OK, that’s enough.
Yesterday, I put together my Red Sox All-Disabled Team, which included the recently-injured Victor Martinez and the just-disabled Manny Delcarmen.
And two hours or so after posting that, it came to my attention that Jason Varitek has joined Dustin Pedroia in the “broken foot” club and will be missing for 4-6 weeks.
Now, losing your backup catcher is not good. Losing him three days after your starting catcher goes down is worse. And thanks to injuries to Pawtucket’s two catchers, Dusty Brown and Mark Wagner, the Sox’ catching corps is down to Gustavo Molina (insert not related to the other Catching Molinas joke here) and Kevin Cash, re-acquired from the Houston Astros for little-used shortstop Angel Sanchez.
Cash was the third catcher in 2007 and spent 2008 as Tim Wakefield’s personal catcher, and I realized quickly that I could not remember a single at-bat during his tenure in Boston. I have a fuzzy image of him being part of the pigpile after they closed out the Rockies in the ’07 World Series, and that’s about it. Of course, it was pointed out to me that his average during his Boston era was a robust .207 (and .188 for his career).
What’s really disturbing, though, is Varitek’s ability, through no fault of his own, to essentially be the straw that breaks the camel’s back. He’s never necessarily the worst injury, but he’s always the last, the final nail in the coffin.
Let’s revisit 2001, a year so bad that I almost stopped being a Red Sox fan. I can handle losing, mind you, but I can’t handle a team so loaded with clubhouse cancers and bad dudes. Take into account that those Sox had Carl Everett (spit at Jamie Moyer, headbutted an ump, called out manager Jimy Williams, hated dinosaurs, etc.), Dante Bichette (complained about losing his DH job in Spring Training even after admitting he wasn’t trying), Jose Offerman (later tried to maim a player in Central America with a bat), Mike Lansing (by all accounts, a douche), Shea Hillenbrand (pick your favorite here), and Ugie Urbina (now in prison for trying to kill five people with a machete).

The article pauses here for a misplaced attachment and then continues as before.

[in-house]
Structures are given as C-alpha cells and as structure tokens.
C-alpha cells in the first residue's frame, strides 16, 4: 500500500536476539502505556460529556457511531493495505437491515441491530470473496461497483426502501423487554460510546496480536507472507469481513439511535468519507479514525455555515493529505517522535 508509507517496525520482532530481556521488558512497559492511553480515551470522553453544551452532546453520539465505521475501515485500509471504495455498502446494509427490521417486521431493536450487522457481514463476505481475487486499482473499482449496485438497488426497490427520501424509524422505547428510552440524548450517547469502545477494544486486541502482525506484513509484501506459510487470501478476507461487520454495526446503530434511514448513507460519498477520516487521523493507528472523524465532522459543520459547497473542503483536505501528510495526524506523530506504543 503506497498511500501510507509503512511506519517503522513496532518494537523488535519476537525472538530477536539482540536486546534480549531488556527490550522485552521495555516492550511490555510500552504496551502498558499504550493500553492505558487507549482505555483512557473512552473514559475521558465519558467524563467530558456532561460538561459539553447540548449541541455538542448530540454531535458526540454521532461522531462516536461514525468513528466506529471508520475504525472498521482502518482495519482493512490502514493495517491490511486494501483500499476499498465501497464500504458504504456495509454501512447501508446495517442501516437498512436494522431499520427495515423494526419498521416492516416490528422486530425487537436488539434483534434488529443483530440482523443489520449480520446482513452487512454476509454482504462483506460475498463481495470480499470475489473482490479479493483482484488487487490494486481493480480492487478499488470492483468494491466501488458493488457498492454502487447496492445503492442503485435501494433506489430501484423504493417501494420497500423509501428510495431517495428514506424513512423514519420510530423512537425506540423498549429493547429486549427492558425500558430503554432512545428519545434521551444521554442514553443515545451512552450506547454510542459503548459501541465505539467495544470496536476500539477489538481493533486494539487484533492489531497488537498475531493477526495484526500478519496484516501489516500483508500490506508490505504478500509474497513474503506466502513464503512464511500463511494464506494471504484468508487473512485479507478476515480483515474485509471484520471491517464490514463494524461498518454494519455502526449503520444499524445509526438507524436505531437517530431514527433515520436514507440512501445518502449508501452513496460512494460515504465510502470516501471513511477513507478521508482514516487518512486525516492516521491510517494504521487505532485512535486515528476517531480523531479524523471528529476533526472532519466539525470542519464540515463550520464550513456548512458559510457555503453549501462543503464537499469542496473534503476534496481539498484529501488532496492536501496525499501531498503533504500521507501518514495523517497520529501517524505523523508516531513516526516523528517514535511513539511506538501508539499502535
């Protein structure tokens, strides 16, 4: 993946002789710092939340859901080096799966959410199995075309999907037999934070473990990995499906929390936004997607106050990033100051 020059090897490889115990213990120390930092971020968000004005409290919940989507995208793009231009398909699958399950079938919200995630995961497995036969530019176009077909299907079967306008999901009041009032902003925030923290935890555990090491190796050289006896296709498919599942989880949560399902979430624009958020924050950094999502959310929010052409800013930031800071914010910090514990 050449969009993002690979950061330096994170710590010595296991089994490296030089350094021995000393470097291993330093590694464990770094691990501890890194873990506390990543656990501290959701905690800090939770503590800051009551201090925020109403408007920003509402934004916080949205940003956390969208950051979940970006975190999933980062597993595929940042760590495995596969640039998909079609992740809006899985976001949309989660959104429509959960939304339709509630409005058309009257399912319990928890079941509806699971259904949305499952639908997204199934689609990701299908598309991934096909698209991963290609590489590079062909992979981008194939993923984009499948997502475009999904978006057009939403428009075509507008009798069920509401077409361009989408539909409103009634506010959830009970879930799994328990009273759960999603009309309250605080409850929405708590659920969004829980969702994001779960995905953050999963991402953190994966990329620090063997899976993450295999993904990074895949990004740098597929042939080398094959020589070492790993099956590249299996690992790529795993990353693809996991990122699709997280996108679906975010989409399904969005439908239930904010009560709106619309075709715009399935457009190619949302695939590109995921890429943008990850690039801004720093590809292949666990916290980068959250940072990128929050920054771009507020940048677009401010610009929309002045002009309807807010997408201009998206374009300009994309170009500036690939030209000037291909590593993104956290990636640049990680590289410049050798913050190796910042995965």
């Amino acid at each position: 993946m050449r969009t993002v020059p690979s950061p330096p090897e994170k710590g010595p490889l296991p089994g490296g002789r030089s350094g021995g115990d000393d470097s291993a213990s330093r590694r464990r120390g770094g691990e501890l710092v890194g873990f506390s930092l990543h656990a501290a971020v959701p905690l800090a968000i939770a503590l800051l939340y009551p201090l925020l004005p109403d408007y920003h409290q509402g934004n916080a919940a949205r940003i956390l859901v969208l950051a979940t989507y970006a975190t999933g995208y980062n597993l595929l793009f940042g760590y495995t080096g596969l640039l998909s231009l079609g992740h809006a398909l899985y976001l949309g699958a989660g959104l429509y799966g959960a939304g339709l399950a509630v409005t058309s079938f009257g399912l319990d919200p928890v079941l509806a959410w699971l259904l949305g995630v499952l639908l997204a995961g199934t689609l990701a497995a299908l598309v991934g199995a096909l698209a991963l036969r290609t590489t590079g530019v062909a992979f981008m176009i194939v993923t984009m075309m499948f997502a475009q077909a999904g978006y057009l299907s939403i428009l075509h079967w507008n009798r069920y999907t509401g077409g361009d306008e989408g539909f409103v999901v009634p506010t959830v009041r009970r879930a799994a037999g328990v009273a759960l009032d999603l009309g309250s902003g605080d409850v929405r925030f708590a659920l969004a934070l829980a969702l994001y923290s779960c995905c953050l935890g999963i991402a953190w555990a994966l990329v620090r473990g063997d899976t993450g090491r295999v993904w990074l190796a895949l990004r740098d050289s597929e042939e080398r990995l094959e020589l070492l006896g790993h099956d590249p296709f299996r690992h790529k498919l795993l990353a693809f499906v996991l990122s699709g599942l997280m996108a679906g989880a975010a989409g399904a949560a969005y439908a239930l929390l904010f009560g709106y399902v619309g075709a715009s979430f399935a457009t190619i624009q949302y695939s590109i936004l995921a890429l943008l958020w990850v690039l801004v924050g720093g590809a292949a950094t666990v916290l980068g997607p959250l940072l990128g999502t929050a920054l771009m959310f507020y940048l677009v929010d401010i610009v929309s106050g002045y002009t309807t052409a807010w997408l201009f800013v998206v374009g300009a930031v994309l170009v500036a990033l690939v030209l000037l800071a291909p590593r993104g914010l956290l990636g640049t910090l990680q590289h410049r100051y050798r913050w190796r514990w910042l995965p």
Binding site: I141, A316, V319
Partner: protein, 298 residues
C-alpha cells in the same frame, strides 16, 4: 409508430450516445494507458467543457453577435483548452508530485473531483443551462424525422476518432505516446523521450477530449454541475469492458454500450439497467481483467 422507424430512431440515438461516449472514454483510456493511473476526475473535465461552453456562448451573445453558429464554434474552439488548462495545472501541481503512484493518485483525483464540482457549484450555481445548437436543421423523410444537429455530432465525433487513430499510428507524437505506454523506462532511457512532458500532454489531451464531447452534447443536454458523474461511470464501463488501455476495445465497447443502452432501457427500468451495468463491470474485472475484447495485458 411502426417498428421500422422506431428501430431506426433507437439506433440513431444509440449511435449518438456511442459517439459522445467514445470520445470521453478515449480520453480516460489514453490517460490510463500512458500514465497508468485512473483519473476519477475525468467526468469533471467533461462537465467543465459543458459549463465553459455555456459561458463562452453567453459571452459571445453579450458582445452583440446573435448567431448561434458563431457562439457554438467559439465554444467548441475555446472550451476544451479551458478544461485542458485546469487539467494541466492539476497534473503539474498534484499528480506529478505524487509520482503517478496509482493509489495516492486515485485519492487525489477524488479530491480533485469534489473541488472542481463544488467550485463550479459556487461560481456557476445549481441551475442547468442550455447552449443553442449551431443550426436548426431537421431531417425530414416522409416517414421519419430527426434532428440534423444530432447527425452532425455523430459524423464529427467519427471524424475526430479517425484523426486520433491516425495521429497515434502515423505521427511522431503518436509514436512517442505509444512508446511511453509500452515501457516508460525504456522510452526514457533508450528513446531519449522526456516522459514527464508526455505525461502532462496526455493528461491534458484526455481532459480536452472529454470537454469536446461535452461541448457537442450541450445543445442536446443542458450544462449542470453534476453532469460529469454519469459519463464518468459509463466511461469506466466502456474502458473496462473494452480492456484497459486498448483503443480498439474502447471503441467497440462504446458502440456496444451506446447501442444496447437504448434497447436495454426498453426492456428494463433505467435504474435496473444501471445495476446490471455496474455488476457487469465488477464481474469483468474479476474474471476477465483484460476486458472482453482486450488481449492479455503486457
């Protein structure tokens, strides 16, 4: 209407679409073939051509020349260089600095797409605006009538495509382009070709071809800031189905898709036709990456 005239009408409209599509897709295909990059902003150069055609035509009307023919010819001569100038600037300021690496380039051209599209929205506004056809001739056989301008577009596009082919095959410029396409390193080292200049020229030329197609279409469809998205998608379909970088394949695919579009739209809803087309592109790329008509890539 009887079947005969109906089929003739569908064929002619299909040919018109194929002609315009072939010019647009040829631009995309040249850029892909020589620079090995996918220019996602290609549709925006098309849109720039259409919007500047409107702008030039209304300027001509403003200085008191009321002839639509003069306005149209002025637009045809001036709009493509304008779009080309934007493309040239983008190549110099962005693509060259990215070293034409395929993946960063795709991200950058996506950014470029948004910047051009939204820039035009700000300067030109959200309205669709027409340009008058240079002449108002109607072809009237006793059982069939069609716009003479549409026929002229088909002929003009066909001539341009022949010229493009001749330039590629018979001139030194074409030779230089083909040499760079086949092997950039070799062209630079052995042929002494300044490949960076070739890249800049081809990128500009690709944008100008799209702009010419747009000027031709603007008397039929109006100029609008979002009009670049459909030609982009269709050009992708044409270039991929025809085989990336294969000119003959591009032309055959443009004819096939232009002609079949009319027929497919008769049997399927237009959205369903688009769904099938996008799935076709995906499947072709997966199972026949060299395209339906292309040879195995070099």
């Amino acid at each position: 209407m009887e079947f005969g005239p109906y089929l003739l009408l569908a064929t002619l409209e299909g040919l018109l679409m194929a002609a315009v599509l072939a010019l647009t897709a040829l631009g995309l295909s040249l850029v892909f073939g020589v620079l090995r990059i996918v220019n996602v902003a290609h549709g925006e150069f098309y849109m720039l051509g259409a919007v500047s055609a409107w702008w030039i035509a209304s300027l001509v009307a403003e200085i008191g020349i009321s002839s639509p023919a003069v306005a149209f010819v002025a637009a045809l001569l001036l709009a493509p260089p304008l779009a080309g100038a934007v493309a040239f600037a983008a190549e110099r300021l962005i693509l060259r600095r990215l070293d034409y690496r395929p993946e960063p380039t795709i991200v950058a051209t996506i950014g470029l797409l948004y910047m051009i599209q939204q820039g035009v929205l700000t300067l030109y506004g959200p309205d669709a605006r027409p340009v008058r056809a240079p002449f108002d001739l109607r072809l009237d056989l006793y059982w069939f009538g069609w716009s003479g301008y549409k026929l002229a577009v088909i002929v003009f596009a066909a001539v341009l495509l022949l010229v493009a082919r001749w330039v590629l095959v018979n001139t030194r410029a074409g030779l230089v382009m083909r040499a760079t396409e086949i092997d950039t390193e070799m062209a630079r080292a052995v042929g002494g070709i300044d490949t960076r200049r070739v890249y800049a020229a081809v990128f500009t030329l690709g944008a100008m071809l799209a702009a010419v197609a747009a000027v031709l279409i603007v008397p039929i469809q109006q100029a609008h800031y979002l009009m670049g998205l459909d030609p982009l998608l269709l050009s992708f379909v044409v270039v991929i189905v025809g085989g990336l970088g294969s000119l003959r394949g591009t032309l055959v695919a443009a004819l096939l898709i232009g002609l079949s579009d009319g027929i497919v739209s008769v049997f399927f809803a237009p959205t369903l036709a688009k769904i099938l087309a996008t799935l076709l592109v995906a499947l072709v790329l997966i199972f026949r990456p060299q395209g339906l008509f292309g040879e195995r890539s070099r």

Now, factor in that the Sox got about 20 games each from John Valentin and Nomar Garciaparra, Pedro Martinez was essentially done by June, and Bret Saberhagen was also finished as a major leaguer. When Varitek broke his elbow making a sliding catch that summer, it was the beginning of the end. All that was left was to fire the manager and embarrass New England.
And then there’s 2006, which saw the Sox without Coco Crisp, Trot Nixon, Manny Ramirez, Alex Gonzalez, Matt Clement and David Wells by the time Varitek suffered a knee injury blocking the plate against the Angels’ Mike Napoli. A trade for Javy Lopez, by then well over the hill, did not help the issue, no matter how much some columnists thought otherwise.
So, here we are, with a team decidedly better than in either 2001 or 2006, dealing with a rash of injuries where Varitek is essentially the cherry on the top. A cherry with a cast on its foot, anyway. Perhaps the third time’s the charm?